Gambier Ink: Tattoos Around Campus, Part XIII


Henry Williams ’19:

“I work at a summer camp called Hidden Hollow near Mansfield. I started going there when I was thirteen, and I was having a really fun week. But at the end of the week, there’s a dance. This was the fifth week of the camping season, so the last week. At this particular dance, what I didn’t know, is that everyone starts crying, literally everyone. Naturally I too started crying, and I didn’t understand why. But nonetheless, I was crying, and it was a weird, cleansing kind of crying. So at the end, I felt compelled to go to the program director of the summer camp, and I asked him, ‘Mr. Casy, why am I crying?’ which, in retrospect, is a really dumb question, but I still asked him. And he told me that crying is just the soul asking for water.Over the course of the next two years as a camper and being a counselor for four years now has grown to mean quite a bit to me. So on my third year on staff, Mr. Casy came back to DJ the dance. So after we put all of our kids to bed, I went up to him and asked him if he could explain this thing he said to me.

He told me he was paraphrasing something he read in a book by an author named Khalil Gibran, a Lebanese poet from the 1930s, I think. He told me to read this particular poem called Of Joy and Sorrow in a book called The Prophet. The tattoo I have now is a portion of that poem, and a lot of the time people look at it, and I guess it is kind of cynical, but in the moment at summer camp, it seems that people cry because they’re so overwhelmed with happiness, and the thought of losing that happiness brings a very large amount of sorrow. But at the same time they are experiencing that happiness and they have experienced that happiness. Joy and sorrow don’t ever really exist entirely separate from each other, and in one there is always the other, though it may not be as prevalent.”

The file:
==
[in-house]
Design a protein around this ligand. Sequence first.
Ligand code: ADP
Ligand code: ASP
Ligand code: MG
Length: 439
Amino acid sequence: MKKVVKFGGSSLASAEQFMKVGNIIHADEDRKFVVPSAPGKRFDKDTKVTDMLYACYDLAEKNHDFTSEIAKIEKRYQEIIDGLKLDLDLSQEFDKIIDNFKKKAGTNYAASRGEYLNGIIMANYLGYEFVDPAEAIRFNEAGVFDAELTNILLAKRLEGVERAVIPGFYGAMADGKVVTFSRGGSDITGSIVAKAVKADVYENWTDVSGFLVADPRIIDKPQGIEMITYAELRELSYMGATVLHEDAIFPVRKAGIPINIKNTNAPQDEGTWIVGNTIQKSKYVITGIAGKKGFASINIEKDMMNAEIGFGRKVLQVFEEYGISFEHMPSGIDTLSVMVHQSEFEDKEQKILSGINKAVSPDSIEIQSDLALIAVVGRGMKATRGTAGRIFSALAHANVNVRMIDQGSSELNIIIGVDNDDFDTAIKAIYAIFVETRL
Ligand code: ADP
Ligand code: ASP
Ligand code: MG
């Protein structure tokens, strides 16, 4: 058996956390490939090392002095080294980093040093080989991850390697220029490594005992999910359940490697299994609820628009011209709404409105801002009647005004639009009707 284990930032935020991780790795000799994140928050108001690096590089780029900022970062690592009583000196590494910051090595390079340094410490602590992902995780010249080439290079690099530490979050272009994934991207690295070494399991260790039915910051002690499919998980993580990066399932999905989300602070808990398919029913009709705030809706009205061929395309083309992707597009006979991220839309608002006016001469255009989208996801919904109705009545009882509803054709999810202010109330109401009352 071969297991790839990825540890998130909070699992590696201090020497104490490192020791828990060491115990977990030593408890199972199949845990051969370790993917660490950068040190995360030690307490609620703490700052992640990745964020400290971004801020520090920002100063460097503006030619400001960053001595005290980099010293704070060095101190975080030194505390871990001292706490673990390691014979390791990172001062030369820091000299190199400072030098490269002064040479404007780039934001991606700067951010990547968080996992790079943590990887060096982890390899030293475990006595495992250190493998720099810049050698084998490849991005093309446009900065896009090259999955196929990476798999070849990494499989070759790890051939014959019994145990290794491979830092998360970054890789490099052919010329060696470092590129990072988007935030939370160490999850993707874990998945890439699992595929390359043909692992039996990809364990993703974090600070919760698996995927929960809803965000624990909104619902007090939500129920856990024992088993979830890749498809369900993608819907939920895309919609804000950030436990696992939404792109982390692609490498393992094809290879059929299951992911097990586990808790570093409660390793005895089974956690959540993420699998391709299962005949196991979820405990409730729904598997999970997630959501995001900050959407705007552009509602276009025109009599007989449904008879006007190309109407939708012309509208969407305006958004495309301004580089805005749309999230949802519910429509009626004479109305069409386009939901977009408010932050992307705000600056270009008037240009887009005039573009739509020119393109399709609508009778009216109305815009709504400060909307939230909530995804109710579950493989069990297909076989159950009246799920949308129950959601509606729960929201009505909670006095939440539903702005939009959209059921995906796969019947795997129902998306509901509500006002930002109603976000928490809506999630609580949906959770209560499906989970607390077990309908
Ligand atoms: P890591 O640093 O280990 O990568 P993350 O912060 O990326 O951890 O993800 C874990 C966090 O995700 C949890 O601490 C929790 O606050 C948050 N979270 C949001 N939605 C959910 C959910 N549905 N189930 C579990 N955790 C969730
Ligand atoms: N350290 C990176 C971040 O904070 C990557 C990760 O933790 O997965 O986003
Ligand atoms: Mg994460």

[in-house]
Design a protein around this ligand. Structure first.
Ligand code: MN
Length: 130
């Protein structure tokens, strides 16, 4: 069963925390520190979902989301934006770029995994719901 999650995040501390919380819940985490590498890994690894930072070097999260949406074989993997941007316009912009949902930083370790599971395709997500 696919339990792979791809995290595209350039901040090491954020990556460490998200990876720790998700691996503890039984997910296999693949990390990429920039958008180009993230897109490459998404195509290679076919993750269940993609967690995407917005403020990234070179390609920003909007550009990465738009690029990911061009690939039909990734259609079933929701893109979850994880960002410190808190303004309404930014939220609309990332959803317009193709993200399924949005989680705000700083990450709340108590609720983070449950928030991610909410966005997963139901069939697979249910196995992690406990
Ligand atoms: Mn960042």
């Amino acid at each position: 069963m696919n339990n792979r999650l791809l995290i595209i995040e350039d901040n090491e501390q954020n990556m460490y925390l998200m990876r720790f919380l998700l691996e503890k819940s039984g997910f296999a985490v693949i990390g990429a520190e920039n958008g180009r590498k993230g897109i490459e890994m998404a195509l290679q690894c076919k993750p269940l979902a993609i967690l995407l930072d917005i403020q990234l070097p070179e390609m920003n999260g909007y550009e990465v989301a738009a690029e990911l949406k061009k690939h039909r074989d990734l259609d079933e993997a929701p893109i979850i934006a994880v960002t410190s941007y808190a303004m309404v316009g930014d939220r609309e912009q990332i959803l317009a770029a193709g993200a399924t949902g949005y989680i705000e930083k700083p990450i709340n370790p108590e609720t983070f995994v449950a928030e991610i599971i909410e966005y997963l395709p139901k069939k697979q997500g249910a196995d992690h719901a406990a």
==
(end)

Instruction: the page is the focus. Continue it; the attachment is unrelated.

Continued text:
Cassidy Lu Jones ’16:

“In Harry Potter, on every page in the chapter heading, there are three little stars on either side. And Harry Potter’s an important part of my life, in terms of growing up.”


Shay Walczak ’20:

“It’s MOP– Mountain Beach Ocean Port. Me and seven of my friends got it before we left for college.”


Brandon Byrd ’18:

“I got it because my brother has the same tattoo. He’s in Italy and we’re both from Cleveland, so you know, Cleveland pride.”


Rachel Cohn ’19:

“I got it last summer, on the same day that my mom got one. Hers took ten minutes. Mine, I designed mine with this guy I had found in Atlanta, at this shop called Only You Tattoo. The artist’s name was Jake Wilkes. It took about an hour and a half, it was very painful, but totally worth it! I’m very glad I made the decision. It was kind of awkward because I didn’t know if I was supposed to make conversation or not, so I just sort of lied there for a while. I had been thinking of the design for five months before I got it, and I had been thinking about getting a tattoo for a couple years. Maybe it sounds kind of cliché, but after my first year of college I felt like I learned a lot about myself and had finally become honest with myself, just sort of transitioned into someone who was more mature, more focused on getting rid of bad habits. I wanted to put some sort of art on my body to remind myself to take care of myself and respect my body. The idea of having a circle was really important. Life isn’t really a linear progression, it’s more circular, and you can start anywhere. And if you fall off the track that you’re going on you can always pick yourself back up and keep going, things are in cycles. The phrase, “begin anywhere” is very inspirational. I’ve always like the images of sailing and the moon, so I really liked the image. Also, my favorite poet writes a lot about the metaphor of sailing, about life being a ship, navigating your way through the waters. It represents a mix of balance and peace and creativity.”

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